The Office of Inspector General (OIG) at the U.S. Department of the Interior (DOI) released a new report on Sept. 14, detailing how the department has failed to implement and finalize its interim body camera policies.

The OIG had previously sent out a report in 2018 detailing similar findings that indicated that many of the agency departments needed to do more to adopt the interim policy.

“We reported in the January 2018 report that the Department’s draft body camera policy fell short of critical industry standards in areas such as data quality, systems security, and privacy,” stated Inspector General, Mark Lee Greenblatt.

The push for the use of body cameras comes from the need to lower the possibility for judicial or investigative proceedings to be challenged as well as to avoid diminishing the public’s trust in how officers of various bureaus conduct themselves.

Some of the examples of failure to meet the expectation or exceed the expectation of the 2017 policy are some of the following which bureaus lacked in.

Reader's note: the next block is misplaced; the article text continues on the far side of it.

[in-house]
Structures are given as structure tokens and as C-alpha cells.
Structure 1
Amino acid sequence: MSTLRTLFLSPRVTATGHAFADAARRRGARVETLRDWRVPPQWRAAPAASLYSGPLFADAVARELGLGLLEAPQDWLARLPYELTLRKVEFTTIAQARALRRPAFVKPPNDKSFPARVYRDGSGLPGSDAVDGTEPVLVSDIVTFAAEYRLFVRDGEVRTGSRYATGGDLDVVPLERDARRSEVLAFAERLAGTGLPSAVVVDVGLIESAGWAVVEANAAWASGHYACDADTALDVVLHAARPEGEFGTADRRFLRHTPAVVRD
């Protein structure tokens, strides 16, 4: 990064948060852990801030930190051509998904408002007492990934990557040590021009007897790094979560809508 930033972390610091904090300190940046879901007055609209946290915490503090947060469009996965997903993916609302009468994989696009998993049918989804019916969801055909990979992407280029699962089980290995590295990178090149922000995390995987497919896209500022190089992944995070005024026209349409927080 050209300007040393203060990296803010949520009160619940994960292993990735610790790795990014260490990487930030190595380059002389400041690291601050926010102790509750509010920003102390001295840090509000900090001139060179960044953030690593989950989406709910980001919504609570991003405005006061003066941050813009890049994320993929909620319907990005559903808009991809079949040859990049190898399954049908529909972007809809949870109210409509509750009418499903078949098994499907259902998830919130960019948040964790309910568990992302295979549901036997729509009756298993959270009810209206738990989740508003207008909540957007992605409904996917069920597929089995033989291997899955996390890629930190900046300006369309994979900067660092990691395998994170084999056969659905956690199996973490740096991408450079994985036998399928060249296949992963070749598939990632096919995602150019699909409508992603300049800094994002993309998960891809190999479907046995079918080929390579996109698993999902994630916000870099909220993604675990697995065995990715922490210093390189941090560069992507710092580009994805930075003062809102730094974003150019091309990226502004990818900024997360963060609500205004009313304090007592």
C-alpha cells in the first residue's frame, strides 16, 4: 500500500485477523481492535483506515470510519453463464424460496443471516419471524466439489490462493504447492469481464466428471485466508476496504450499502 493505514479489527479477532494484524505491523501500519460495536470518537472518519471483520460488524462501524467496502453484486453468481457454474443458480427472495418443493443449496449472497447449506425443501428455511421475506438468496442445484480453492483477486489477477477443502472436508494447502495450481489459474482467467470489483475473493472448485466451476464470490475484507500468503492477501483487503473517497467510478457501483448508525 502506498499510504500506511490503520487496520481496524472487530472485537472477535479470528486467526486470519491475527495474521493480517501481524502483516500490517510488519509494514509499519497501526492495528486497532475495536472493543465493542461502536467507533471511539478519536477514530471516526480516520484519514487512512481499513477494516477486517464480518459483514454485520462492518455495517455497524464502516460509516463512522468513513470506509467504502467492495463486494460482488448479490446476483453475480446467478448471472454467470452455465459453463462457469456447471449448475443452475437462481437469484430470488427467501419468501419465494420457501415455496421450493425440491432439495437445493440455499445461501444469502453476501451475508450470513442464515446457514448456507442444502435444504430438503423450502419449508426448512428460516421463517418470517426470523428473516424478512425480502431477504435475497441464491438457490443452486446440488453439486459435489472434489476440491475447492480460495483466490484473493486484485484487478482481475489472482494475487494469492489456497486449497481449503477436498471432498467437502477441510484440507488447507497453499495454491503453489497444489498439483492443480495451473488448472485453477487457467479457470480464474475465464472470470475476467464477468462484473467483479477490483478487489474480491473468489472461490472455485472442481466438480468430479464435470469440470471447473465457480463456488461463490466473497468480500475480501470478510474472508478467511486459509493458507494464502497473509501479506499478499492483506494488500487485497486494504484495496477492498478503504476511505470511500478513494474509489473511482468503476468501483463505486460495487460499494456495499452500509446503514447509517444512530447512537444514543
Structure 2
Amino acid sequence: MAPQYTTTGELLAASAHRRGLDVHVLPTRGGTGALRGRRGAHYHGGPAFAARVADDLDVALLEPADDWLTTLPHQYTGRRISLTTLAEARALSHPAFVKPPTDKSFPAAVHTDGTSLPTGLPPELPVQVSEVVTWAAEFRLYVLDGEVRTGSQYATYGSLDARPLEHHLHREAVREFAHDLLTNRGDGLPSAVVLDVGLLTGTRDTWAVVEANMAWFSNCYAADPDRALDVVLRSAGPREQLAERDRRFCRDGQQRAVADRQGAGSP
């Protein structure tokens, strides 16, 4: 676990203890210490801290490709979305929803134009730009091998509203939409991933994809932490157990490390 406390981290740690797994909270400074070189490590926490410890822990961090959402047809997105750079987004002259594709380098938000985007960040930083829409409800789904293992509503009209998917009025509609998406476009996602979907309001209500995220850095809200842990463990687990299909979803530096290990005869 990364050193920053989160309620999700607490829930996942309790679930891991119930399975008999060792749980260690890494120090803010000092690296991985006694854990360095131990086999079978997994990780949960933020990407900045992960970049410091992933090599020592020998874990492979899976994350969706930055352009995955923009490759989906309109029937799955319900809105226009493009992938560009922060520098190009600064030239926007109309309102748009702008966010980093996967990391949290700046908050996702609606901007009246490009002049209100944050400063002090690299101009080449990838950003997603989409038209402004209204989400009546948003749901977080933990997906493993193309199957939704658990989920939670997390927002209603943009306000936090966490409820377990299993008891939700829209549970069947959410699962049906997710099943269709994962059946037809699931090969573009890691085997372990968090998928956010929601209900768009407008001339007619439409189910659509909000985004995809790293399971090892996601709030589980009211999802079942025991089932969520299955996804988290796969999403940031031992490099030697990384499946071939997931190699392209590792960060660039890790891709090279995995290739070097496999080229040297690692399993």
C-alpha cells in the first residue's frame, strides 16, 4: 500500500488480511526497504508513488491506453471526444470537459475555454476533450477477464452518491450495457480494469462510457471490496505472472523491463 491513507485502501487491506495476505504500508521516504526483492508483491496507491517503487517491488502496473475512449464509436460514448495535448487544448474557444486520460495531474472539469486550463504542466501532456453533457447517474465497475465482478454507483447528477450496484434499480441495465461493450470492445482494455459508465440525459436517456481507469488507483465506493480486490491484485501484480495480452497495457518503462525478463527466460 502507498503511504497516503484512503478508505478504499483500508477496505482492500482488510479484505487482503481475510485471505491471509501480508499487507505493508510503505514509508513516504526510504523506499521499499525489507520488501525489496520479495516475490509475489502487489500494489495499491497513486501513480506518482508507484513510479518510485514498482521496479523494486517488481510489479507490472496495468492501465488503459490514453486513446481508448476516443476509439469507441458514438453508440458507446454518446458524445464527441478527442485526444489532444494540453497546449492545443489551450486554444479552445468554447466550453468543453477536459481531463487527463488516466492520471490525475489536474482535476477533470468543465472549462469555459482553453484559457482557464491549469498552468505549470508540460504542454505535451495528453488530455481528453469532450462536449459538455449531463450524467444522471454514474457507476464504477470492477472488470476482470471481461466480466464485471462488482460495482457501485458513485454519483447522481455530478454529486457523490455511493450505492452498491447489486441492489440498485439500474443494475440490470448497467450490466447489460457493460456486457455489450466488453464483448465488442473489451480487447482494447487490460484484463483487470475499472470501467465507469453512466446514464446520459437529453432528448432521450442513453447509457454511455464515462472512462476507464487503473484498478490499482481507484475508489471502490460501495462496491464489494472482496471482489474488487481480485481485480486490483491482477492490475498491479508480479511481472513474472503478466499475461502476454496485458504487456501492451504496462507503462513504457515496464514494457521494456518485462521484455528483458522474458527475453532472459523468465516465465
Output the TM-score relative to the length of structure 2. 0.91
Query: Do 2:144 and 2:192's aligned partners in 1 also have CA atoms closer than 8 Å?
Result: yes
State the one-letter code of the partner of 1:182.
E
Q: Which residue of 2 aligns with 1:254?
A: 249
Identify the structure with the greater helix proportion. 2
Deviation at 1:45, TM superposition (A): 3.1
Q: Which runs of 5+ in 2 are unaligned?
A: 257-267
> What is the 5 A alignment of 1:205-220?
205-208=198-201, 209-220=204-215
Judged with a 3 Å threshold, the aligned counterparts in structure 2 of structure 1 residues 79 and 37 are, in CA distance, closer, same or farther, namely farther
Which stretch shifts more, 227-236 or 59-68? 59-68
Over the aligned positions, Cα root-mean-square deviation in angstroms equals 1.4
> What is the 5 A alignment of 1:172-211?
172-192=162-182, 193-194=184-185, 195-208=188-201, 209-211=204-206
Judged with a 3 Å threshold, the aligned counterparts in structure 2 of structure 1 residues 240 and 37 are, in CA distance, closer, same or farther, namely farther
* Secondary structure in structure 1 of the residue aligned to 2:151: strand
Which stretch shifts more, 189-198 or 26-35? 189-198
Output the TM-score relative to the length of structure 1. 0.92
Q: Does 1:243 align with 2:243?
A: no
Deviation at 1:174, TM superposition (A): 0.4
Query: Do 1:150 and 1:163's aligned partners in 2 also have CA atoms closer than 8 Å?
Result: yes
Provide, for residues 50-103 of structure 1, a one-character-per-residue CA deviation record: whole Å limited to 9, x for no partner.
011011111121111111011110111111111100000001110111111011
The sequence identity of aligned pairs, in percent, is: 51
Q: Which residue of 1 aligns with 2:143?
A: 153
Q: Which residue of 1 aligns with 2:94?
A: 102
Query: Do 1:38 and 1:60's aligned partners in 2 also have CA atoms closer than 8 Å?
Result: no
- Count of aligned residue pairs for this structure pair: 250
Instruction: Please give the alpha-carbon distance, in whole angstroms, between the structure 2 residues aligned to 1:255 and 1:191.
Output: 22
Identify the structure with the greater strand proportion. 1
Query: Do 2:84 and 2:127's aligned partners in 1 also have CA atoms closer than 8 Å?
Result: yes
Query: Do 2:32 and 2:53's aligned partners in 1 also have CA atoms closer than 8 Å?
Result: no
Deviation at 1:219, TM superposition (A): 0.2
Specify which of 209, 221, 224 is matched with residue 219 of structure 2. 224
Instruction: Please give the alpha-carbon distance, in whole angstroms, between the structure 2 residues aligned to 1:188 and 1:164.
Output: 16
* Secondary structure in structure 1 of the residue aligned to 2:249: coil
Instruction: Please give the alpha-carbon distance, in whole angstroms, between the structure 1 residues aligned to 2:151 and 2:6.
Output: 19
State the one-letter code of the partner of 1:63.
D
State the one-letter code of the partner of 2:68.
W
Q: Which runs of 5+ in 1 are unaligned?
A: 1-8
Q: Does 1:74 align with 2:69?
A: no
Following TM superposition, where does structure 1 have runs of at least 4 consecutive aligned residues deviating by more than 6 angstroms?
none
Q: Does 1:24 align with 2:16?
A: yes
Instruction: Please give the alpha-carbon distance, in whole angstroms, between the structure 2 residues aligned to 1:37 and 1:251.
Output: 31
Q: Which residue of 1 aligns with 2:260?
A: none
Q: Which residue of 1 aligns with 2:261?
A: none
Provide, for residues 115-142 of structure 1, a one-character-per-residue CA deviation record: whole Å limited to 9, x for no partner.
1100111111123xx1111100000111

• Provisions for supervisory review of body camera recordings;
  • Prohibitions on manipulating or deleting body camera recordings;
  • Requirements for annual follow-up training;
  • Identification of technology administrators and training managers.

The report makes two recommendations that improve the oversight of the use of bodycams at various government agencies.

The first recommendation pushed the agency to “develop reasonable milestones to finalize and implement its body camera policy,” while the last suggestion aims at “ensuring that bureaus using body cameras update and finalize their policies within a defined timeframe to comply with any applicable interim or final Department policy,” stated the report.



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Jose Rascon
Jose Rascon
Jose Rascon is a MeriTalk Staff Reporter covering the intersection of government and technology.